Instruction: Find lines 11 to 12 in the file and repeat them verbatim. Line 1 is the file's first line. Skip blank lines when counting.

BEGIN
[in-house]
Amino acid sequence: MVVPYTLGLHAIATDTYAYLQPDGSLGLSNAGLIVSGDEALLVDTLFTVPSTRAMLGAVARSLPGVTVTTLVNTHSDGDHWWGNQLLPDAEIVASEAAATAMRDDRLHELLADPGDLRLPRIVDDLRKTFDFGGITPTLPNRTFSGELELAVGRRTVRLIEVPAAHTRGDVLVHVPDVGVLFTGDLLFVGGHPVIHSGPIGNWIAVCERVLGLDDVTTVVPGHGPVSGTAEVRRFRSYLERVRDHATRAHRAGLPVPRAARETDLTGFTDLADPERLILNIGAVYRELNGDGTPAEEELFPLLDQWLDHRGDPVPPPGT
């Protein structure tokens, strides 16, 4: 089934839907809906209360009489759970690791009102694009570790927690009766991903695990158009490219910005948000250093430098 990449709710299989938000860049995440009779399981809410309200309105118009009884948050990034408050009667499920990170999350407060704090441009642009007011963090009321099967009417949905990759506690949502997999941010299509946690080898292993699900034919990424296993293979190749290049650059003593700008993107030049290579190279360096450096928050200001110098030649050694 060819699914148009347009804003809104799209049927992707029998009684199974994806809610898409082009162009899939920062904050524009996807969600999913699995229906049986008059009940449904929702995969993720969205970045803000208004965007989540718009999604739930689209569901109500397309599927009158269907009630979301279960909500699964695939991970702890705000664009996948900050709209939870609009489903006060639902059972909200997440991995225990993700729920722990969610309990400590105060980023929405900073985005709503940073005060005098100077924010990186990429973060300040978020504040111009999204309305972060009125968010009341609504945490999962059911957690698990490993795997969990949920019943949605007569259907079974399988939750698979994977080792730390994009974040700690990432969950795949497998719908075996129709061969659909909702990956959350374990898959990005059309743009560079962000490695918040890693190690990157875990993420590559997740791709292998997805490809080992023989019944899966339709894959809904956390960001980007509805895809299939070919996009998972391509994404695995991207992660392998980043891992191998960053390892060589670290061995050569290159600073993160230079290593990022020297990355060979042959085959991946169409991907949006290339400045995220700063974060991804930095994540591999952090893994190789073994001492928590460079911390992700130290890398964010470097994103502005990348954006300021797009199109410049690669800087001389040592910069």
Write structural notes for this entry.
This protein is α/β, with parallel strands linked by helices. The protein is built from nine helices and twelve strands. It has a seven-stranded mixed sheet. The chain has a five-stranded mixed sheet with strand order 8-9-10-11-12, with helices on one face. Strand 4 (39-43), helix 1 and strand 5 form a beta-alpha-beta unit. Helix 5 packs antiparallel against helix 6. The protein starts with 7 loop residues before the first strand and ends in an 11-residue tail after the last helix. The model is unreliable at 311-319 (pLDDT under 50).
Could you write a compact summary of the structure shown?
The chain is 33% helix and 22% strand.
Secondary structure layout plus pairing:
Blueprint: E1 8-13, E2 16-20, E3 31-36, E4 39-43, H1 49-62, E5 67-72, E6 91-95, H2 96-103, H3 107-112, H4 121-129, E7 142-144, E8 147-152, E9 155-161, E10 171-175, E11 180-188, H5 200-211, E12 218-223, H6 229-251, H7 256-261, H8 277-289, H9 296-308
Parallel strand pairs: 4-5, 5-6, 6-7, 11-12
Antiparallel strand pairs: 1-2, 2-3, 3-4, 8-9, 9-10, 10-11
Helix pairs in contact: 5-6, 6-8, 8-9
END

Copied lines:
Antiparallel strand pairs: 1-2, 2-3, 3-4, 8-9, 9-10, 10-11
Helix pairs in contact: 5-6, 6-8, 8-9